* Banks stocks drop for first time in six days
* Wells Fargo weighs on S&P 500 after rating cut
* Cisco bolsters Dow after results
* Indexes end: Dow +0.04 pct, S&P 500 -0.09 pct, Nasdaq
(Updates to close)
By Noel Randewich
Feb 16 (Reuters) - The Dow Jones Industrial Average scored
its sixth straight record high on Thursday, but just barely,
while the S&P 500 edged lower due to declining energy stocks.
It was a mixed day on wall Street as investors digested
recent gains and sold banks that have been big winners in the
"Trump rally" that has seen the S&P 500 rise about 5 percent so
far in 2017, with the Dow Jones Industrial Average up 4 percent.
Signs of an improving economy and promises by President
Donald Trump to cut corporate taxes and reduce financial
regulations have been behind much of the recent gains. Now, with
a strong fourth-quarter earnings season mostly complete, many
investors say they need concrete signs of progress from Trump to
justify more gains.
"Some of the excitement and enthusiasm over earnings and
those Trump growth initiatives is starting to shift to more
practical, day-to-day events," said Jeff Kravetz, a
Phoenix-based regional investment director of the Private Client
Reserve at U.S. Bank.
The energy sector declined 1.37 percent, following
oil prices lower as traders weighed swelling U.S. inventories
against possible renewed efforts by major oil producers to
reduce a price-sapping glut.
The S&P 500 consumer discretionary index lost 0.44
percent, with TripAdvisor sinking 10.97 percent after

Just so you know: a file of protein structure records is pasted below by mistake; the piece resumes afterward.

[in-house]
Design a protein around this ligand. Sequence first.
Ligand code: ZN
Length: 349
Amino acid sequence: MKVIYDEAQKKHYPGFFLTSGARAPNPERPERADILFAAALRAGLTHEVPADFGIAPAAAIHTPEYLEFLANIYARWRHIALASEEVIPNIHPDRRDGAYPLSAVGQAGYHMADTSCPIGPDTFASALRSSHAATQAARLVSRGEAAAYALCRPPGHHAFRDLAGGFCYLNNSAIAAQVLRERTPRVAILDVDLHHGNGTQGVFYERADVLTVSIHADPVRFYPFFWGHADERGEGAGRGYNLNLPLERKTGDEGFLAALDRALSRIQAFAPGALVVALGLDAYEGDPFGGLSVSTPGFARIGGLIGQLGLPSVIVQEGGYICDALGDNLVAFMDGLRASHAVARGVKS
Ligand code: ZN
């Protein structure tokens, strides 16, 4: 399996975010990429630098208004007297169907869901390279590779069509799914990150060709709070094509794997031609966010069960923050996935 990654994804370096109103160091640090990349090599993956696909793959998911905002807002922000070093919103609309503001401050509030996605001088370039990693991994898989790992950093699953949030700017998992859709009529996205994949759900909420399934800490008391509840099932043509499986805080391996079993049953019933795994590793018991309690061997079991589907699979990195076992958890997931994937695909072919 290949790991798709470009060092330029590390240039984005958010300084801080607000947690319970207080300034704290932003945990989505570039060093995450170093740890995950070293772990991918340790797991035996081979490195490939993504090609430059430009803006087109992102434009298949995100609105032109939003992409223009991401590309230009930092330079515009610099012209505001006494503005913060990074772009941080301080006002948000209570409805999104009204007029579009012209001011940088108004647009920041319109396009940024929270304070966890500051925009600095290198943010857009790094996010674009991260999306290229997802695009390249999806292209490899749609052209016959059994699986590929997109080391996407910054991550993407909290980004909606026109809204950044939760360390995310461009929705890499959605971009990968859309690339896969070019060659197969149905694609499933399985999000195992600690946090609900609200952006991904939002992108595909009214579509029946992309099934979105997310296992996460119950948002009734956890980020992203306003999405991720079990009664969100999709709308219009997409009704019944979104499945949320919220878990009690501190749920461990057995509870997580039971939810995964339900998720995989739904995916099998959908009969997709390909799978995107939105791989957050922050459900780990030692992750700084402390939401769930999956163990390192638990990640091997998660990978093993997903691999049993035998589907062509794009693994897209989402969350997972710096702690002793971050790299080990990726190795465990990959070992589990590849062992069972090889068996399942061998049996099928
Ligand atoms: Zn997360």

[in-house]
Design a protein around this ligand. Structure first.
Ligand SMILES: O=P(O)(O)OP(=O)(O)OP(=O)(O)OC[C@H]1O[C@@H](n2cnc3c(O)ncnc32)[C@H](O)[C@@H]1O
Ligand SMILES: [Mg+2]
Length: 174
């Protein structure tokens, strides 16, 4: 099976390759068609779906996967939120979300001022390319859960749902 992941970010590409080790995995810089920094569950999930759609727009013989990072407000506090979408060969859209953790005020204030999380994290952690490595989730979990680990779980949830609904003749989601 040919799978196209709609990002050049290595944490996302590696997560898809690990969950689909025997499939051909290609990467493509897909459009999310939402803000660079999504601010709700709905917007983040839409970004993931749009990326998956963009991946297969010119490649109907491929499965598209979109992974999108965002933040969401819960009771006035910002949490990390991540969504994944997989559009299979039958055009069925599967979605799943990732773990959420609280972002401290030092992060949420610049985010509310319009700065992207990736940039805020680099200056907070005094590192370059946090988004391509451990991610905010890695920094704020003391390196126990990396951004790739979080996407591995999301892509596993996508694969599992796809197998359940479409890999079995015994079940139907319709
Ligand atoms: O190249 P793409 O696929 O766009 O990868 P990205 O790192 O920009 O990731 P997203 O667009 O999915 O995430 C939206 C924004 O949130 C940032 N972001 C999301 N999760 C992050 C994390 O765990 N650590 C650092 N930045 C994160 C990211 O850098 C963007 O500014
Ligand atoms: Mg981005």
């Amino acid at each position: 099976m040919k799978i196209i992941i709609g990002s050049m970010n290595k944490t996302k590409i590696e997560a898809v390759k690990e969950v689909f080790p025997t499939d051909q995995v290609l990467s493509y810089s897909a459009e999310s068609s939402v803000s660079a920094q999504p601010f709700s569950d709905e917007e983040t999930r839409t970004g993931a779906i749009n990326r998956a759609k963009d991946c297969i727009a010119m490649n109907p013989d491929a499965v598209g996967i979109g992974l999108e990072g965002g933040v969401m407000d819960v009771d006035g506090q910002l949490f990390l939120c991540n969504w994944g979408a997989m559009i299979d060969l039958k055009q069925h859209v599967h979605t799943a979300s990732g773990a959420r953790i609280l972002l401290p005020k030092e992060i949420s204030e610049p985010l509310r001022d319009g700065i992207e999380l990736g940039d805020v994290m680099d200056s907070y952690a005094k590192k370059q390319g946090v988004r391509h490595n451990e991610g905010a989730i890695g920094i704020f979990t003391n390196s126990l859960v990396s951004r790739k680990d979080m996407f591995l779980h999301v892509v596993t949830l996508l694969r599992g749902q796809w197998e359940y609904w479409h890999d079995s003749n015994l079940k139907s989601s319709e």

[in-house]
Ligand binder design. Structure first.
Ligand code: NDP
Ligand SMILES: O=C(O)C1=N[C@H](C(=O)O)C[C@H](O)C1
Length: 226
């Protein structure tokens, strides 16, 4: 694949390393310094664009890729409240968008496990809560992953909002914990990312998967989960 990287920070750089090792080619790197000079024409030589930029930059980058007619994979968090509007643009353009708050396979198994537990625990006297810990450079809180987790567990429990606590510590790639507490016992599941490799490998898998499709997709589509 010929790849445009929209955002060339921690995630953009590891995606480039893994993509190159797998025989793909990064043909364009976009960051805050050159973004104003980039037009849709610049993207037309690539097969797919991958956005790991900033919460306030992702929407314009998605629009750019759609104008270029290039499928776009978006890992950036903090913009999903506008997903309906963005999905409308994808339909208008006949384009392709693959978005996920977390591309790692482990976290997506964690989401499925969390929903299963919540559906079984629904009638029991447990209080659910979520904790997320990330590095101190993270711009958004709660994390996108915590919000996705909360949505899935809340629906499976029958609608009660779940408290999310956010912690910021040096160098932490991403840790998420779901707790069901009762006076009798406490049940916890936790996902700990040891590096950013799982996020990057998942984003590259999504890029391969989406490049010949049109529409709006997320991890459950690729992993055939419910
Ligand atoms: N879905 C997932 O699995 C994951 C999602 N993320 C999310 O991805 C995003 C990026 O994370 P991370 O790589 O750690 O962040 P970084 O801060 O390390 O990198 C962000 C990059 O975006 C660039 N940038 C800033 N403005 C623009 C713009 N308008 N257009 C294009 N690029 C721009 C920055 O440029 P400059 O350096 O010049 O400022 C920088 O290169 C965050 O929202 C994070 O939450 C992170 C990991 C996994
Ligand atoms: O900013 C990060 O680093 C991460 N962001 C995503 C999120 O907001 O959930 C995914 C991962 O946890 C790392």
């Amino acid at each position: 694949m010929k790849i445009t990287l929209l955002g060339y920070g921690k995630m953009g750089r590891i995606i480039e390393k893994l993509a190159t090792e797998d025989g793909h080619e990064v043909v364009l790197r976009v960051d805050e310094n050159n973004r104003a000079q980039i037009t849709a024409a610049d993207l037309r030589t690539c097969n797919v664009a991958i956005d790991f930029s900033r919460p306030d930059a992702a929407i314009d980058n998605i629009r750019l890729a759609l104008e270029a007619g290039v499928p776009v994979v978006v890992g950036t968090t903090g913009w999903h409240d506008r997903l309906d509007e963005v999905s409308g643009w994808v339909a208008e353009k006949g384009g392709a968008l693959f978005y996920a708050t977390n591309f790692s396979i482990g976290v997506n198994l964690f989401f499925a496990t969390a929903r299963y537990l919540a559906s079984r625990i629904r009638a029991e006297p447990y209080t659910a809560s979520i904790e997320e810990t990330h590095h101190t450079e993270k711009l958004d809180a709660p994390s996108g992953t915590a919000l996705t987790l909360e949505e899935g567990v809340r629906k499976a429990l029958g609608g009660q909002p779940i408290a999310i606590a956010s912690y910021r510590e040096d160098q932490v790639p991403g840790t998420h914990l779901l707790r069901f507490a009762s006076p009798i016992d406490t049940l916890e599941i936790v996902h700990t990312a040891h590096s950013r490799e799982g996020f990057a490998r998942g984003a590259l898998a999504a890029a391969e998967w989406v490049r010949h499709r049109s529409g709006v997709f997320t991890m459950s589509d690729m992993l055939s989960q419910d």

posting lower-than-expected quarterly revenue and profit.
The consumer discretionary index is trading at almost 19
times expected earnings, while the S&P 500 is trading at 17
times expected earnings, according to Thomson Reuters
Cisco Systems rose 2.38 percent after its quarterly
report late the day before, helping push the Dow into positive
territory by the close of trading after spending most of the day
with a loss.
The Dow Jones Industrial Average ended up 0.04
percent to close at 20,619.77, its sixth straight record-high
close. The S&P 500 had lost 0.09 percent to 2,347.22 and
the Nasdaq Composite dropped 0.08 percent to 5,814.90.
Wells Fargo slipped 0.73 percent after Credit Suisse
downgraded its stock to "neutral" from "outperform".
NetEase jumped 14.08 percent following the Chinese
online game developer's revenue beat.
Fourth-quarter earnings for S&P 500 companies have risen
about 7.3 percent, the strongest expansion since the third
quarter of 2014, according to Thomson Reuters data. Analysts on
average expect S&P 500 earnings for the first quarter to rise
Declining issues outnumbered advancing ones on the NYSE by a
1.33-to-1 ratio; on Nasdaq, a 1.30-to-1 ratio favored decliners.
The S&P 500 posted 56 new 52-week highs and one new low; the
Nasdaq Composite recorded 153 new highs and 24 new lows.
About 6.9 billion shares changed hands on U.S. exchanges,
just above the daily average of 6.8 billion over the last 20
(Additional reporting by Yashaswini Swamynathan in Bengaluru;
Editing by Nick Zieminski and James Dalgleish)